Whistleblowers Say Money Is Not Their Motivation
A spate of very large whistleblower settlements in the healthcare sector amounting to billions of dollars in fines have been reported over the last few years. For the most part, the big ticket fines are directed at pharmaceutical companies, such as Pfizer, which paid $2.3 billion last fall to settle whistleblower claims that it illegally marketed its drugs to physicians.
It would be reasonable to assume that the primary motive for whistleblowers–who are eligible for up to 25% of the recovery—is money. After all, the six whistleblowers in the Pfizer settlement split more than $102 million from the federal share of the civil recovery. Ka-ching!
Not so, say most of the 26 whistleblowers surveyed in the May 13 issue of The New England Journal of Medicine.
"Every relator we interviewed stated that the financial bounty offered under the federal statute had not motivated their participation in the qui tam lawsuit," said the study, which focused on whistleblowers in 17 federal suits against pharmaceutical companies. "Reported motivations coalesced around four non–mutually exclusive themes: integrity, altruism or public safety, justice, and self-preservation."
The survey, led by Aaron S. Kesselheim, MD, of Harvard Medical School, found that the "most common theme" motivating the whistleblowers was personal integrity and strong ethical standards. "One relator reasoned: 'When I lodged my initial complaint with the company, I believed what we were doing was unethical and only technically illegal. This ethical transgression drove my decision. My peers could live with the implications of 'doing 60 in a 55 mph zone' because it did indeed seem trivial. However, my personal betrayal . . . so filled me with shame that I could not live with this seemingly trivial violation,'" the study reported.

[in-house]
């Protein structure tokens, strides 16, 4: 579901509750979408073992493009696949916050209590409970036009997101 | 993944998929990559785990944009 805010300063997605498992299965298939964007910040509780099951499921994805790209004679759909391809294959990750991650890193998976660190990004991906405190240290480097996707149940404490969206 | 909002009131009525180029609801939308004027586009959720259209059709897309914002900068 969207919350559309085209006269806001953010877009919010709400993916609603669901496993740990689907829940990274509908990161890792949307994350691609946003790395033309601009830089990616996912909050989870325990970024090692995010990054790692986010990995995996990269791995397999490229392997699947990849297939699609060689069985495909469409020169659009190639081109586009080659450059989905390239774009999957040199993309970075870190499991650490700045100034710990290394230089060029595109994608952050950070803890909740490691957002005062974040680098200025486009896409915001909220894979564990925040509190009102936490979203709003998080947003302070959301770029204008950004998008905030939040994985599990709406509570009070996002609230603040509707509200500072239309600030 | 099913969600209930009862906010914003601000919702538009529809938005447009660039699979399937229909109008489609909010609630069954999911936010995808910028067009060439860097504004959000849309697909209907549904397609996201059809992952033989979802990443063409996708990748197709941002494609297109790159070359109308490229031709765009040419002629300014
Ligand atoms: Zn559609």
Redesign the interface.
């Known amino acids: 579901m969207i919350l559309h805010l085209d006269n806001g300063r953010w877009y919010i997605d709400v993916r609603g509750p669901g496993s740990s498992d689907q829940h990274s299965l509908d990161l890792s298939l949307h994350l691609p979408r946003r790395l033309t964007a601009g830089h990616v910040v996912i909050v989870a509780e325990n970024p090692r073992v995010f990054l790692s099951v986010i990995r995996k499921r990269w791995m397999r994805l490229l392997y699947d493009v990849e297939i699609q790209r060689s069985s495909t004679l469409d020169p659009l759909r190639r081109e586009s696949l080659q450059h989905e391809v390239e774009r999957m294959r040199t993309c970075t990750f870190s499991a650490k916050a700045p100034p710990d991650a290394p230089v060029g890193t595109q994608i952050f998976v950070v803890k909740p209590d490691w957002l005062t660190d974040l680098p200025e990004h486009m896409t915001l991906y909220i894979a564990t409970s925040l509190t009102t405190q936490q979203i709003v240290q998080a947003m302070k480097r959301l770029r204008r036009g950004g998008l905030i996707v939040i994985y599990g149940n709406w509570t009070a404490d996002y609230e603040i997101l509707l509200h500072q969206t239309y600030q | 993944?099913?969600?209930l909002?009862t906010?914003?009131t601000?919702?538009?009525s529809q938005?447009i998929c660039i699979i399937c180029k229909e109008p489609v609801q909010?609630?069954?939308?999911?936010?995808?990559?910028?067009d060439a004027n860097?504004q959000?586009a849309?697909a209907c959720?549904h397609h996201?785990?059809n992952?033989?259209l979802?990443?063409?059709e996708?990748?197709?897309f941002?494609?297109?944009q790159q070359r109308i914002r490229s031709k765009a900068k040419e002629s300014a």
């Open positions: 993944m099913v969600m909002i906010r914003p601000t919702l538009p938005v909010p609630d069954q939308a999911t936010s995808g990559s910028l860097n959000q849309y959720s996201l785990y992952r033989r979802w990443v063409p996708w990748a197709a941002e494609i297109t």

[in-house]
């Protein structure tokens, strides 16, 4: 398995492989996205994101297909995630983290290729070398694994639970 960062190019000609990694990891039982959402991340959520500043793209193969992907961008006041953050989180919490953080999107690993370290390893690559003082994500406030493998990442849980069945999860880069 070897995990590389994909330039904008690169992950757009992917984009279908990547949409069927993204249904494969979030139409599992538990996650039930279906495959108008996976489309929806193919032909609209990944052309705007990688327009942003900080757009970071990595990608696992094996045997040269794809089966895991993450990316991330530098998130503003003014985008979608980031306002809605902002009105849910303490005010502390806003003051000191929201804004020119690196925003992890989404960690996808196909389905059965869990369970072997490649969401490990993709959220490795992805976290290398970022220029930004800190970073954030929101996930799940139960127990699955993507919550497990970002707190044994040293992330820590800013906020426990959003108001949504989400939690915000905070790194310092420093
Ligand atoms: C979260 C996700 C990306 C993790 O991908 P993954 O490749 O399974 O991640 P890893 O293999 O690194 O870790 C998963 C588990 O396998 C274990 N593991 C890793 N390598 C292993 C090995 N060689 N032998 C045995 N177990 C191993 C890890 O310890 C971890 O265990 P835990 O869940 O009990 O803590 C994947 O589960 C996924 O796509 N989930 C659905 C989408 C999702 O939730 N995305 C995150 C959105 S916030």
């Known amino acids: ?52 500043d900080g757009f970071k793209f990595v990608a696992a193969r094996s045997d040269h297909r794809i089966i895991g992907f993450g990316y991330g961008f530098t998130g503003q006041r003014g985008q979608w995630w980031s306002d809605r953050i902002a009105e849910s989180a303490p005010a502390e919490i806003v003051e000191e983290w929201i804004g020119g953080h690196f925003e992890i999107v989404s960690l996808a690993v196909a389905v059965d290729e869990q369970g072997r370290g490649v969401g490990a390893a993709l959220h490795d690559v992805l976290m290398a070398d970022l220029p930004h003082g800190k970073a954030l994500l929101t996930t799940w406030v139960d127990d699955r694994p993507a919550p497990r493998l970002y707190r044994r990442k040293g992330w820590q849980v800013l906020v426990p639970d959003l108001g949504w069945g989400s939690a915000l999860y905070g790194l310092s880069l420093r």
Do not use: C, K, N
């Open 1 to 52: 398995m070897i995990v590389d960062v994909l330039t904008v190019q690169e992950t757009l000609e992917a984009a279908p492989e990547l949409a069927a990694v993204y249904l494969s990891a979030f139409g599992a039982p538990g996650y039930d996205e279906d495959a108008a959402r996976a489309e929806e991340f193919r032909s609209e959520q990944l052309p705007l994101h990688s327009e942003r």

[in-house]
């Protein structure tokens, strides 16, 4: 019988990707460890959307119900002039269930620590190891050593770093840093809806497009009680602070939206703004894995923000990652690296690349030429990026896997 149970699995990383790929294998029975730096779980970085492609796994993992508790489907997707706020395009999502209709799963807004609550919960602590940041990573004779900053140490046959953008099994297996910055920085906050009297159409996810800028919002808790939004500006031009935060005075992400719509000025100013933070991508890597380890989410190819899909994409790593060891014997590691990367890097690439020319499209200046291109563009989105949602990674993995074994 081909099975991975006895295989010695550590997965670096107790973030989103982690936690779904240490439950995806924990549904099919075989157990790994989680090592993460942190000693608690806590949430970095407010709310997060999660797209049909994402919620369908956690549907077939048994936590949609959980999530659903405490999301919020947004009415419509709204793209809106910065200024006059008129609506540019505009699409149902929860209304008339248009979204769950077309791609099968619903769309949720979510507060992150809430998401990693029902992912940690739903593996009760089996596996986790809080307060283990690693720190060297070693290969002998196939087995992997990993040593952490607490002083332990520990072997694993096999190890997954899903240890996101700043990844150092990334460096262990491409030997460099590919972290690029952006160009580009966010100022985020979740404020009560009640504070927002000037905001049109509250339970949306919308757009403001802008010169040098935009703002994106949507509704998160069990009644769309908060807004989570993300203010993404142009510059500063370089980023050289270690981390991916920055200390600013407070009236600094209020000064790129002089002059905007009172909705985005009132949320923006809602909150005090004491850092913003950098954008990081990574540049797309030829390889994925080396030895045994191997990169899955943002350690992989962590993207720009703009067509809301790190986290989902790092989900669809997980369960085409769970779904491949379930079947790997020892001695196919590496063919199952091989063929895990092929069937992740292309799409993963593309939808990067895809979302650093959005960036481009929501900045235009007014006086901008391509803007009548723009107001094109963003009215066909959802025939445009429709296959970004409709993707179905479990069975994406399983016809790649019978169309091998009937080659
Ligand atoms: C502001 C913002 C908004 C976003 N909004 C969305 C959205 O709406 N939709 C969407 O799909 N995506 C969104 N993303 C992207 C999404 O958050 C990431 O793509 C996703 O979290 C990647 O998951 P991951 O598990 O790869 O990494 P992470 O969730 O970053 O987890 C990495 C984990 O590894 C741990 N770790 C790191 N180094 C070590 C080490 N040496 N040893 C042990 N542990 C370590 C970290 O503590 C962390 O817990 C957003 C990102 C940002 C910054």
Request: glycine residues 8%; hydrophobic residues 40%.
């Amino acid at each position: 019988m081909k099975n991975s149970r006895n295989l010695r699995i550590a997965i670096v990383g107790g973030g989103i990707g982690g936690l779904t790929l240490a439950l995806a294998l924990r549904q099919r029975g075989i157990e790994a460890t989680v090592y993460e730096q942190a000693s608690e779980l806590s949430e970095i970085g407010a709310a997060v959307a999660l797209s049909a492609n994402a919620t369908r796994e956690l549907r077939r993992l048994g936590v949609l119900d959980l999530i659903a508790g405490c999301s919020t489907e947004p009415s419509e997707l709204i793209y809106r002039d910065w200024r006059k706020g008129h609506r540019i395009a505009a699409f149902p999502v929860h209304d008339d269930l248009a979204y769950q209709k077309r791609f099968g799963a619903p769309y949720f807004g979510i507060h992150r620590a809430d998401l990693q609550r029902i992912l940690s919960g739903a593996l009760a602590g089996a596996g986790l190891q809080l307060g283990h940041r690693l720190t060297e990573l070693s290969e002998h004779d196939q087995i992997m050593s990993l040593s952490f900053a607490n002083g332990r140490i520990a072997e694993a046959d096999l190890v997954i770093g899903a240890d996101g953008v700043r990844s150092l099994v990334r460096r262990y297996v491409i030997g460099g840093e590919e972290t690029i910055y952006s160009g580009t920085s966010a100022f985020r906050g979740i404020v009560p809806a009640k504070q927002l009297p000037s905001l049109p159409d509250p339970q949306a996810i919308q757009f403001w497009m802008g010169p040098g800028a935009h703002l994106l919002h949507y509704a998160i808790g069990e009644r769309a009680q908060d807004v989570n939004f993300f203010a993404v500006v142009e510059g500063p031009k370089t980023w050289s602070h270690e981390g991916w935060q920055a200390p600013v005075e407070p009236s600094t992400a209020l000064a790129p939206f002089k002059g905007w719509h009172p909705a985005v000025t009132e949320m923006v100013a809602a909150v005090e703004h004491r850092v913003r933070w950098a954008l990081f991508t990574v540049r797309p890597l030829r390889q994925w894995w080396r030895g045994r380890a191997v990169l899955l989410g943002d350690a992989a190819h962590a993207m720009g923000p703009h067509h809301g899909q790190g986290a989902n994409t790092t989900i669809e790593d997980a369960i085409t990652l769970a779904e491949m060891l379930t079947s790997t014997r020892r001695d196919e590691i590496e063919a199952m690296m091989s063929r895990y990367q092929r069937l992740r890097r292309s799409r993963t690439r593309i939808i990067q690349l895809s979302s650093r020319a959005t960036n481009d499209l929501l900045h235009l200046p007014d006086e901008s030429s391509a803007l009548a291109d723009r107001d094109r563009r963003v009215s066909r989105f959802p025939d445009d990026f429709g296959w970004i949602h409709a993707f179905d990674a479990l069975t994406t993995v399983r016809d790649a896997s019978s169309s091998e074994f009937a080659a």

"The relators in this group felt that financial circumstances helped to subvert such ethical standards in their colleagues, saying that most colleagues were unwilling for personal or family reasons to jeopardize their jobs."
The survey found that most of the whistleblowers tried to fix matters internally by speaking with their superiors, of filing an internal complaint.
"One explained: 'At first it was to the head of my department, the national sales director, and the national marketing director. . . . After being shooed aside, I went to the executive vice president over all the divisions of sales and marketing. Then eventually I went to the CEO of the company, the chief medical officer, and the president.' Insiders who voiced concerns were met with assertions that the proposed behavior was legal and dismissals of their complaints, with accompanying demands that the relators do what they were told," the study said.
Maybe some of these whistleblowers are now blowing smoke about their altruistic motives. Most of them are relatively well off as a result of their actions, 13 of the whistleblowers collected between $1 million and $5 million, and seven got more than $5 million. There may be some revisionist history going on at the poolside as they sip mojitos, admire their pedicures, and contemplate their rags to riches stories.
For argument's sake, however, let's assume that the whistleblowers' motives are pure: they saw a wrong and they made it right. As the NEJM study points out, whistleblower settlements between 1996 and 2005 let to more than $9 billion in recoveries. The federal government has said it will vigorously pursue healthcare fraud, in part, as a way to pay for healthcare reform. The fact is, their motives are almost irrelevant if your hospital is cutting the recovery check.
While the study focuses on the pharmaceutical industry, the lessons are here for everyone in healthcare. Listen to your employees. If they tell you something is wrong, they're probably not making it up. They're trying to save your hospital from millions of dollars of heartache and bad media attention. Ignore them at your peril.
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John Commins is a senior editor with HealthLeaders Media.
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